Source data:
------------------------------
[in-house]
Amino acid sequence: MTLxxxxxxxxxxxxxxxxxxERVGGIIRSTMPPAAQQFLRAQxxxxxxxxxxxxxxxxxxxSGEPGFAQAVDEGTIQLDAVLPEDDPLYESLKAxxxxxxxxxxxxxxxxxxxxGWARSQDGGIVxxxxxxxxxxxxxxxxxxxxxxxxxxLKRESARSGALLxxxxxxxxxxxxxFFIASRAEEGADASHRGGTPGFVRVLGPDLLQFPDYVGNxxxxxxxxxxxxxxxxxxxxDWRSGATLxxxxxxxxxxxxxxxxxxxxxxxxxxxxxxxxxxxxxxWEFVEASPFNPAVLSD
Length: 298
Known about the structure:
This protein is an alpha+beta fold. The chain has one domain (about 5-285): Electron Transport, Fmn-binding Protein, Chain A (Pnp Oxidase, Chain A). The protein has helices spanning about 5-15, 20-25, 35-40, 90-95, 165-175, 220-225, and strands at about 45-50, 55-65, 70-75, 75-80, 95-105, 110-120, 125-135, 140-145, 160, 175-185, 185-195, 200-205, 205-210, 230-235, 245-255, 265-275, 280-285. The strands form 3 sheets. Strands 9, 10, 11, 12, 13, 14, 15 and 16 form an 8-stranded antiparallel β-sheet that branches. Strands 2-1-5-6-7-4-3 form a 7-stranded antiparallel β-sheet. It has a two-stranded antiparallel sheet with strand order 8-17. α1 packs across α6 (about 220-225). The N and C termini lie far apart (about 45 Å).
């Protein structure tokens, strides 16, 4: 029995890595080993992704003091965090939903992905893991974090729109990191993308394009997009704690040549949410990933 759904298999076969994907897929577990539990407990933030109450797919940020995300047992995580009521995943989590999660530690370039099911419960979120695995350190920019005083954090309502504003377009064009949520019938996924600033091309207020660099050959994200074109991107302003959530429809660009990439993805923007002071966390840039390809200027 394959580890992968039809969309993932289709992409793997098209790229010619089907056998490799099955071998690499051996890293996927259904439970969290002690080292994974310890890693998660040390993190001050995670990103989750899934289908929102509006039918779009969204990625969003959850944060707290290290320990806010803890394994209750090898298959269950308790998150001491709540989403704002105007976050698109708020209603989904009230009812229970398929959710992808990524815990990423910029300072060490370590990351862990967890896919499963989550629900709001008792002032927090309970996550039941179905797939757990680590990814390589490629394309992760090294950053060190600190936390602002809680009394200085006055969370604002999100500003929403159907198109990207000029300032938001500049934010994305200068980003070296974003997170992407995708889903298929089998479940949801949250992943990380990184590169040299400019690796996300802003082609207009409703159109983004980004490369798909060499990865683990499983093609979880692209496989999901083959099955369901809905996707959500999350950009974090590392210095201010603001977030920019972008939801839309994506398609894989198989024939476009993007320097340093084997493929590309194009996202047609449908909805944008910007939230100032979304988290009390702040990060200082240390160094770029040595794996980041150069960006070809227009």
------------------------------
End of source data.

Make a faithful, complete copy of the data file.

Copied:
[in-house]
Amino acid sequence: MTLxxxxxxxxxxxxxxxxxxERVGGIIRSTMPPAAQQFLRAQxxxxxxxxxxxxxxxxxxxSGEPGFAQAVDEGTIQLDAVLPEDDPLYESLKAxxxxxxxxxxxxxxxxxxxxGWARSQDGGIVxxxxxxxxxxxxxxxxxxxxxxxxxxLKRESARSGALLxxxxxxxxxxxxxFFIASRAEEGADASHRGGTPGFVRVLGPDLLQFPDYVGNxxxxxxxxxxxxxxxxxxxxDWRSGATLxxxxxxxxxxxxxxxxxxxxxxxxxxxxxxxxxxxxxxWEFVEASPFNPAVLSD
Length: 298
Known about the structure:
This protein is an alpha+beta fold. The chain has one domain (about 5-285): Electron Transport, Fmn-binding Protein, Chain A (Pnp Oxidase, Chain A). The protein has helices spanning about 5-15, 20-25, 35-40, 90-95, 165-175, 220-225, and strands at about 45-50, 55-65, 70-75, 75-80, 95-105, 110-120, 125-135, 140-145, 160, 175-185, 185-195, 200-205, 205-210, 230-235, 245-255, 265-275, 280-285. The strands form 3 sheets. Strands 9, 10, 11, 12, 13, 14, 15 and 16 form an 8-stranded antiparallel β-sheet that branches. Strands 2-1-5-6-7-4-3 form a 7-stranded antiparallel β-sheet. It has a two-stranded antiparallel sheet with strand order 8-17. α1 packs across α6 (about 220-225). The N and C termini lie far apart (about 45 Å).
């Protein structure tokens, strides 16, 4: 029995890595080993992704003091965090939903992905893991974090729109990191993308394009997009704690040549949410990933 759904298999076969994907897929577990539990407990933030109450797919940020995300047992995580009521995943989590999660530690370039099911419960979120695995350190920019005083954090309502504003377009064009949520019938996924600033091309207020660099050959994200074109991107302003959530429809660009990439993805923007002071966390840039390809200027 394959580890992968039809969309993932289709992409793997098209790229010619089907056998490799099955071998690499051996890293996927259904439970969290002690080292994974310890890693998660040390993190001050995670990103989750899934289908929102509006039918779009969204990625969003959850944060707290290290320990806010803890394994209750090898298959269950308790998150001491709540989403704002105007976050698109708020209603989904009230009812229970398929959710992808990524815990990423910029300072060490370590990351862990967890896919499963989550629900709001008792002032927090309970996550039941179905797939757990680590990814390589490629394309992760090294950053060190600190936390602002809680009394200085006055969370604002999100500003929403159907198109990207000029300032938001500049934010994305200068980003070296974003997170992407995708889903298929089998479940949801949250992943990380990184590169040299400019690796996300802003082609207009409703159109983004980004490369798909060499990865683990499983093609979880692209496989999901083959099955369901809905996707959500999350950009974090590392210095201010603001977030920019972008939801839309994506398609894989198989024939476009993007320097340093084997493929590309194009996202047609449908909805944008910007939230100032979304988290009390702040990060200082240390160094770029040595794996980041150069960006070809227009």